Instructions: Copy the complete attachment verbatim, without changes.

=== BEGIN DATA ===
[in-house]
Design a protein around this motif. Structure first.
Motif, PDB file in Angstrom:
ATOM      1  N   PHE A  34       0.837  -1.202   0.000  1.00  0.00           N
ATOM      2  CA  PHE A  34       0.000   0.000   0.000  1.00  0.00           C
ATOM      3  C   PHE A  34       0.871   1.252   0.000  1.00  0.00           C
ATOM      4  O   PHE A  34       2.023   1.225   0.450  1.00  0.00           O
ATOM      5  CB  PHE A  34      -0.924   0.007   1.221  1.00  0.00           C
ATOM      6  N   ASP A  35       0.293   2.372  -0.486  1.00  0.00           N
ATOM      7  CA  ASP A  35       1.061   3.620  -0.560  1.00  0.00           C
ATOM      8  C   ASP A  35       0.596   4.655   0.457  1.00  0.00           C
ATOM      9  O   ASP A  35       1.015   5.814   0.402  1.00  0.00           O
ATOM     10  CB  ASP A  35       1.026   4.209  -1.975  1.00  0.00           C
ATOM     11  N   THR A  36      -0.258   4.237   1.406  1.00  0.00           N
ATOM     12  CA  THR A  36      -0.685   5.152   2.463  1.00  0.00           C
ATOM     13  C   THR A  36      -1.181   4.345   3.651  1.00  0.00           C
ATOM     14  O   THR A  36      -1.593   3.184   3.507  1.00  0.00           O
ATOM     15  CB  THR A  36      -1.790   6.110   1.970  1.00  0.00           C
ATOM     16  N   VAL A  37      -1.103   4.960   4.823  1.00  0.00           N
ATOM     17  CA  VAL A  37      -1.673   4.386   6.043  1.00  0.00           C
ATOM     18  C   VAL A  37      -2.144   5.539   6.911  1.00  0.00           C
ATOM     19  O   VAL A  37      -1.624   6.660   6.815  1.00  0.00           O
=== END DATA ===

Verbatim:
[in-house]
Design a protein around this motif. Structure first.
Motif, PDB file in Angstrom:
ATOM      1  N   PHE A  34       0.837  -1.202   0.000  1.00  0.00           N
ATOM      2  CA  PHE A  34       0.000   0.000   0.000  1.00  0.00           C
ATOM      3  C   PHE A  34       0.871   1.252   0.000  1.00  0.00           C
ATOM      4  O   PHE A  34       2.023   1.225   0.450  1.00  0.00           O
ATOM      5  CB  PHE A  34      -0.924   0.007   1.221  1.00  0.00           C
ATOM      6  N   ASP A  35       0.293   2.372  -0.486  1.00  0.00           N
ATOM      7  CA  ASP A  35       1.061   3.620  -0.560  1.00  0.00           C
ATOM      8  C   ASP A  35       0.596   4.655   0.457  1.00  0.00           C
ATOM      9  O   ASP A  35       1.015   5.814   0.402  1.00  0.00           O
ATOM     10  CB  ASP A  35       1.026   4.209  -1.975  1.00  0.00           C
ATOM     11  N   THR A  36      -0.258   4.237   1.406  1.00  0.00           N
ATOM     12  CA  THR A  36      -0.685   5.152   2.463  1.00  0.00           C
ATOM     13  C   THR A  36      -1.181   4.345   3.651  1.00  0.00           C
ATOM     14  O   THR A  36      -1.593   3.184   3.507  1.00  0.00           O
ATOM     15  CB  THR A  36      -1.790   6.110   1.970  1.00  0.00           C
ATOM     16  N   VAL A  37      -1.103   4.960   4.823  1.00  0.00           N
ATOM     17  CA  VAL A  37      -1.673   4.386   6.043  1.00  0.00           C
ATOM     18  C   VAL A  37      -2.144   5.539   6.911  1.00  0.00           C
ATOM     19  O   VAL A  37      -1.624   6.660   6.815  1.00  0.00           O